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TORONTO, Ont. /Troy Media/ – Shortly before the polls closed in the United Kingdom election, there was an intriguing tweet from the guy running the exit poll. There would, he said, be fascinating results to discuss.
And indeed the results of the June 8 vote were fascinating, so much so that significant numbers of Britons stayed up through the night to watch the drama unfold.
Here are my takeaways:
From an initial lead of 20-plus points, Theresa May’s Conservatives watched their position progressively dwindle to a paltry two points on June 8. In scope, if not in denouement, it was a meltdown greater than U.S. presidential candidate Hillary Clinton’s.
May and Clinton had several things in common.
Both entered their campaigns from positions of overwhelming strength against ostensibly weak opponents. And both squandered their advantages.
In the process, neither demonstrated any flair for 2stt-century retail politics. Rather than authenticity, they projected scripted personalities.
Nor was there much ability to adapt to events. Despite – or perhaps because of – abundant access to expensive advisers, both campaigns opted to live in a bubble.
Two-party politics may be on the way back
One of the distinguishing characteristics of British politics over the past half-century has been the decline of major party dominance. Whereas the combination of the Conservatives and Labour sucked up virtually all of the oxygen in the immediate post-Second World War years, the political landscape began to splinter badly in the 1970s.
The combined Conservative-Labour vote share in 1955 was 96.1 per cent. And in 1959, it was 93.2 per cent.
But by the 21st century, this had shrivelled dramatically. In 2015, the two parties only pulled in 67.3 per cent between them.
In contrast, this year’s two-party share – 82.4 per cent – represents a spectacular break with recent experience. It is, in fact, the highest since 1970.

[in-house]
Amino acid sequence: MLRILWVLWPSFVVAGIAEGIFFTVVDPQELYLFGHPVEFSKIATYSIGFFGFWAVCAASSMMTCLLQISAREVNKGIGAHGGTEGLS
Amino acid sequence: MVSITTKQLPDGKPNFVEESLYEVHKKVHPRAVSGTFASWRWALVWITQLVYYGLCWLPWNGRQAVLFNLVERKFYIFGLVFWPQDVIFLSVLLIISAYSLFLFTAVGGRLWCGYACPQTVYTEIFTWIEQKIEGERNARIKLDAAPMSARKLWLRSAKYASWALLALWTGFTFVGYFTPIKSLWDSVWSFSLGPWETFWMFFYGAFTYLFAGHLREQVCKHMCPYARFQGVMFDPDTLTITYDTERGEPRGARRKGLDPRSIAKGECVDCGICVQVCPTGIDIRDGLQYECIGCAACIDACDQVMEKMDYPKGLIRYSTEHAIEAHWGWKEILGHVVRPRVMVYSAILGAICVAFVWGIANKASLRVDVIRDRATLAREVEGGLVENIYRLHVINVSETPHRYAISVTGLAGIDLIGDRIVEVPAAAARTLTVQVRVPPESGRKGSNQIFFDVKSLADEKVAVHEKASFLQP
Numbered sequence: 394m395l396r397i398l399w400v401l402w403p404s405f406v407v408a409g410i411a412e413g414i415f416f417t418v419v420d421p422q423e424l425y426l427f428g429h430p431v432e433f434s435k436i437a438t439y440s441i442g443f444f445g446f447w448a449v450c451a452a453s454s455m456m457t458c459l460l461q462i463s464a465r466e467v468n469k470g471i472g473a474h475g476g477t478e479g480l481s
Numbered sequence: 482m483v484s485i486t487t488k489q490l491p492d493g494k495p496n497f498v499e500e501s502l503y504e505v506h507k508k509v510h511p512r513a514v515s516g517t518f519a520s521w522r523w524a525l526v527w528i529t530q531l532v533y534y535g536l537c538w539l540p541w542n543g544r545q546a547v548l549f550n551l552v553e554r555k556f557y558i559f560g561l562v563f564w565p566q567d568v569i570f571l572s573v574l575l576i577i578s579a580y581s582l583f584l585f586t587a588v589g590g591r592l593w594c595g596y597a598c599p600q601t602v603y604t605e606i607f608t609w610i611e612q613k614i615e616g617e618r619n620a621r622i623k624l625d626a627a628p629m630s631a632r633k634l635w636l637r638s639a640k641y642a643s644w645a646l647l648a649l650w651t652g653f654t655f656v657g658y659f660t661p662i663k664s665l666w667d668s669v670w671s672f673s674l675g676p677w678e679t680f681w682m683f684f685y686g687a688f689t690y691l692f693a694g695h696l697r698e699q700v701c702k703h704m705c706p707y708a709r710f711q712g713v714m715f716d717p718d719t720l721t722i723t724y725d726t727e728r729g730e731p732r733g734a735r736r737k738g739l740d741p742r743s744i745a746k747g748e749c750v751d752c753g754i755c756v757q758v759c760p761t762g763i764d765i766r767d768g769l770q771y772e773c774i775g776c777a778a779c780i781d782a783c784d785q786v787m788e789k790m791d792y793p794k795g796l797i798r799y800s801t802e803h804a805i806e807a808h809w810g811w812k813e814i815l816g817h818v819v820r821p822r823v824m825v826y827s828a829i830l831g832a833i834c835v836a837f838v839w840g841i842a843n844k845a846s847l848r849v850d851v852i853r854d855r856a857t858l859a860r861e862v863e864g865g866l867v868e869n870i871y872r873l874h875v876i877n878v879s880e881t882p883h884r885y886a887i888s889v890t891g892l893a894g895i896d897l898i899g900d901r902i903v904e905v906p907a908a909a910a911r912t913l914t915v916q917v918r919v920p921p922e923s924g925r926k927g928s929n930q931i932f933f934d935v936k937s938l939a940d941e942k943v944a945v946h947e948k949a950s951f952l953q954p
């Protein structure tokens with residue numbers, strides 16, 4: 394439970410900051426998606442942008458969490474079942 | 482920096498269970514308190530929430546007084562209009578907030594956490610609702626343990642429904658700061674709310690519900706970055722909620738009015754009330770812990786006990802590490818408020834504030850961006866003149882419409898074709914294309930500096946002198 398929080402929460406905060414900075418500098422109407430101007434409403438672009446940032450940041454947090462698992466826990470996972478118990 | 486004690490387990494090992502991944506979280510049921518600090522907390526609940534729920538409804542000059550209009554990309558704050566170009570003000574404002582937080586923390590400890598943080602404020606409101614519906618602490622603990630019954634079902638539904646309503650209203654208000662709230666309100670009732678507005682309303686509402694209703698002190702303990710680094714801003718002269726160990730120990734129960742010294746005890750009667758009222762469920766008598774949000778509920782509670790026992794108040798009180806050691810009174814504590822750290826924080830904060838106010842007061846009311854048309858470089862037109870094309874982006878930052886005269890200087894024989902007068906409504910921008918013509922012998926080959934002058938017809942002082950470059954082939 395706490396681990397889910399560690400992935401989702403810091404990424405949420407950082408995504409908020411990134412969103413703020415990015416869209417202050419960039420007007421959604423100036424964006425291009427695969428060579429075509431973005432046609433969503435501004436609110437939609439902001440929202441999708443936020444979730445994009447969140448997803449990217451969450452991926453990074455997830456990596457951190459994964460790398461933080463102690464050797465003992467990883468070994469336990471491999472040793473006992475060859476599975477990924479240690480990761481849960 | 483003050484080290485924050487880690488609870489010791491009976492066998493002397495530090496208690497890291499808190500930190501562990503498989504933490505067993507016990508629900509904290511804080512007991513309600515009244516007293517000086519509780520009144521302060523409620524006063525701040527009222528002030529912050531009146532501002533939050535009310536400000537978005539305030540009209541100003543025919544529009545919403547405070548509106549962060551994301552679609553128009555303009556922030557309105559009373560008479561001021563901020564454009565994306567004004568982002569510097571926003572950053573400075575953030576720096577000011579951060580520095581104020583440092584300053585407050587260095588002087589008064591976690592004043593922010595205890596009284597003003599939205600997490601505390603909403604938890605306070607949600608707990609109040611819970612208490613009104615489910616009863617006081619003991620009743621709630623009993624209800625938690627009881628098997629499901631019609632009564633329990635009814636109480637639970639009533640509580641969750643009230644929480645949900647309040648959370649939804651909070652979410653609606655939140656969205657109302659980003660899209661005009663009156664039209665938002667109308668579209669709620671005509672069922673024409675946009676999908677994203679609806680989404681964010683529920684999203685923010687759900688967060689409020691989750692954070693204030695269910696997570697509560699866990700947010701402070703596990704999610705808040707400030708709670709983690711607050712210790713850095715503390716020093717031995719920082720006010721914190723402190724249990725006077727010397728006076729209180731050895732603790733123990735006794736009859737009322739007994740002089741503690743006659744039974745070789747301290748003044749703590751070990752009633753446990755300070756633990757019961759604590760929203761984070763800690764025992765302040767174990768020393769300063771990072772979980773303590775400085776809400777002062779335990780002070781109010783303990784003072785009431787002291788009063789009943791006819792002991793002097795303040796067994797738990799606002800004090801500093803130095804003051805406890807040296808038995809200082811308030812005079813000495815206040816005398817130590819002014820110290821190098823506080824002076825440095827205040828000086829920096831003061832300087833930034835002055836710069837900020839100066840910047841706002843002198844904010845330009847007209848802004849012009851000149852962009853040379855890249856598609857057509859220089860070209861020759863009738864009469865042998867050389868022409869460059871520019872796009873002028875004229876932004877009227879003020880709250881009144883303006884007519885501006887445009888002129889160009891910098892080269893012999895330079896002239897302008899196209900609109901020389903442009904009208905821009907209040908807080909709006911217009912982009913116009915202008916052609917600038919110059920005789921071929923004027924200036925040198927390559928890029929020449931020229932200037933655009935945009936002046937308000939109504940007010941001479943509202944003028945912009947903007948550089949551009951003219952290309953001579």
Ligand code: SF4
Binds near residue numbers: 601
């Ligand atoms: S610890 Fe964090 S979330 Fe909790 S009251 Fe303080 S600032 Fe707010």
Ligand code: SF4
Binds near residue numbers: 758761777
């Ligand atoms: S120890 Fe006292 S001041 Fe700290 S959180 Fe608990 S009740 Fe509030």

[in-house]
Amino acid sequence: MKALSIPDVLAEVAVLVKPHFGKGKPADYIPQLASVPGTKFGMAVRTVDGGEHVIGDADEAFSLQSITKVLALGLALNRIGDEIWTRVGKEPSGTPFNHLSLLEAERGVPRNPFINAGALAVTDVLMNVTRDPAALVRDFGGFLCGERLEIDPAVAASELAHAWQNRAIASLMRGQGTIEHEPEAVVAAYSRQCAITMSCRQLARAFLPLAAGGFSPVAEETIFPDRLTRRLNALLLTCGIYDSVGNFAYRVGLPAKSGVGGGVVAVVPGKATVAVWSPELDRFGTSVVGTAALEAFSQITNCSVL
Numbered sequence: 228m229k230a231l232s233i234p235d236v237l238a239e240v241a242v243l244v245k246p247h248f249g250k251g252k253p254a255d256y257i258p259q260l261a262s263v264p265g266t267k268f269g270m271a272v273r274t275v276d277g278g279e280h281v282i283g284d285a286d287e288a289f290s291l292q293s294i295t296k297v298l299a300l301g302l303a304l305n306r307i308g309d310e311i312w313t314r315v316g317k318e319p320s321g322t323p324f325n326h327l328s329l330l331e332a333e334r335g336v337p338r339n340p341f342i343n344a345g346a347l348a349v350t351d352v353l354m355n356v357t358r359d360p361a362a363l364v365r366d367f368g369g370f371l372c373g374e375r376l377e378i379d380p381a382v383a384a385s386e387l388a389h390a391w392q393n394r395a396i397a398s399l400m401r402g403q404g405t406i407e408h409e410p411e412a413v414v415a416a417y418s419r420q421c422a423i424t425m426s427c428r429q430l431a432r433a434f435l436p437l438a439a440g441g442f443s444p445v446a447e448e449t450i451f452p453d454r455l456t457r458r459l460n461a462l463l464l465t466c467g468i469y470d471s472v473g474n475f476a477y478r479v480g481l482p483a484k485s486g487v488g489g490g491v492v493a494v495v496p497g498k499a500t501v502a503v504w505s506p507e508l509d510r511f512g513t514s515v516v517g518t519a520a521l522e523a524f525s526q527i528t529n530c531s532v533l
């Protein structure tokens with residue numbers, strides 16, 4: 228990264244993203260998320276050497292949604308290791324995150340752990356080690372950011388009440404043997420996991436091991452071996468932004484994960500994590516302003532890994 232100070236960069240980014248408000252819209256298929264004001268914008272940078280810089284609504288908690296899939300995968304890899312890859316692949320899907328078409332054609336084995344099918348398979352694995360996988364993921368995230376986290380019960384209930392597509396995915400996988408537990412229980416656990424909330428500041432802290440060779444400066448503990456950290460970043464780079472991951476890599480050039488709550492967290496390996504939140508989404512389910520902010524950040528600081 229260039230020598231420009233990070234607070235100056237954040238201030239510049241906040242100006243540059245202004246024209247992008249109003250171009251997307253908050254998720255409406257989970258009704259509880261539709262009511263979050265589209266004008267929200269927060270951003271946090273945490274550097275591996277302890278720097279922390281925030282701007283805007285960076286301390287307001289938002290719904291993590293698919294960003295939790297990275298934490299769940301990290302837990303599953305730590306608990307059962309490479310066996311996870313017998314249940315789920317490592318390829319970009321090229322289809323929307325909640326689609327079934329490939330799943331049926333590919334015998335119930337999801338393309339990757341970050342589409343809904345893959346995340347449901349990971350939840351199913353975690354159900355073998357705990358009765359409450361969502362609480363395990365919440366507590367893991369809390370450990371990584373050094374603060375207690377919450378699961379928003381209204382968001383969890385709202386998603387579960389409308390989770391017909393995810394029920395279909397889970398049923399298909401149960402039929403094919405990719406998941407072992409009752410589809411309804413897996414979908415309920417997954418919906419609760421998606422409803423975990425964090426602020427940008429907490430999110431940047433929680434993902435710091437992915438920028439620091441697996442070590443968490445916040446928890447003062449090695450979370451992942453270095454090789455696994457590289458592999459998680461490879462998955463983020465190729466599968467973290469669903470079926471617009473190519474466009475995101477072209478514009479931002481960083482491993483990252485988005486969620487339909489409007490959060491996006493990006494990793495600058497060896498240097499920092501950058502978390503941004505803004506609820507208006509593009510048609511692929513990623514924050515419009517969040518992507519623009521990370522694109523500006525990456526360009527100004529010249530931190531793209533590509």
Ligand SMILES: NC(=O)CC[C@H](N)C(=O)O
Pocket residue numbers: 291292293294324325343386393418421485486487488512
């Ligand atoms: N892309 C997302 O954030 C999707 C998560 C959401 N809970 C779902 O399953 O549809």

What this portends for the future is anyone’s guess. However, if the smaller parties get pushed further towards the levels of the 1950s and ’60s, it’ll certainly change the electoral calculus.
Meanwhile, May can take rueful consolation from the fact that her share of the two-party vote was virtually identical to that won by her Tory predecessor Anthony Eden in 1955. Eden’s tally, though, was enough to translate into a very comfortable seat majority. The vagaries of electoral geography will sometimes do that.
Unionism is making a comeback
After a period of playing defence, unionism – defined as the desire to preserve the U.K. in its current form – is fighting back.
The results in Scotland provided the most vivid example.
The independence-minded Scottish Nationalists lost 21 seats and 13 points in vote share, while the unionist Conservatives doubled their vote and picked up 12 seats. It was the strongest Tory performance in Scotland since 1983.
Something roughly similar, albeit less dramatic, happened in Northern Ireland.
There, the Democratic Unionist Party (DUP) saw its vote share jump by more than 11 points, and the combined vote of the two main unionist parties exceeded that of the two nationalist ones by over five points. In addition to being a margin improvement over the previous election, this represented a reversal of the anti-unionist trend that surfaced as recently as March’s local assembly vote.
And that’s not all.
With the DUP’s 10 seats being enough to get May’s Conservatives over the majority line, a mutually beneficial support arrangement can be struck. Northern Ireland’s unionists could be more influential than they’ve been for quite a while.
Brexit has become more complicated
Contrary to some of what you might read or hear, the election can’t be reasonably interpreted as a second-thoughts rejection of Brexit.
The anti-Brexit parties – such as the Liberal Democrats and the Scottish Nationalists – lost vote share. And an exit poll found 49 per cent of voters enthusiastic about Brexit, with a further 22 per cent accepting it and only 28 per cent rejecting it.
Still, May’s inability to win a majority weakens her prior negotiating strategy, part of which was the proposition that no deal is better than a bad deal.
All negotiations have a substantial psychological dimension, revolving around perceptions of desperation for a deal. If you allow, or even encourage, the idea that there’s no circumstance under which you’ll walk away from the table, you’ve put yourself at a significant disadvantage. In effect, you’re inviting the other side to walk all over you.
It’s going to be fascinating, indeed.
Pat Murphy casts a history buff’s eye at the goings-on in our world. Never cynical – well perhaps a little bit.
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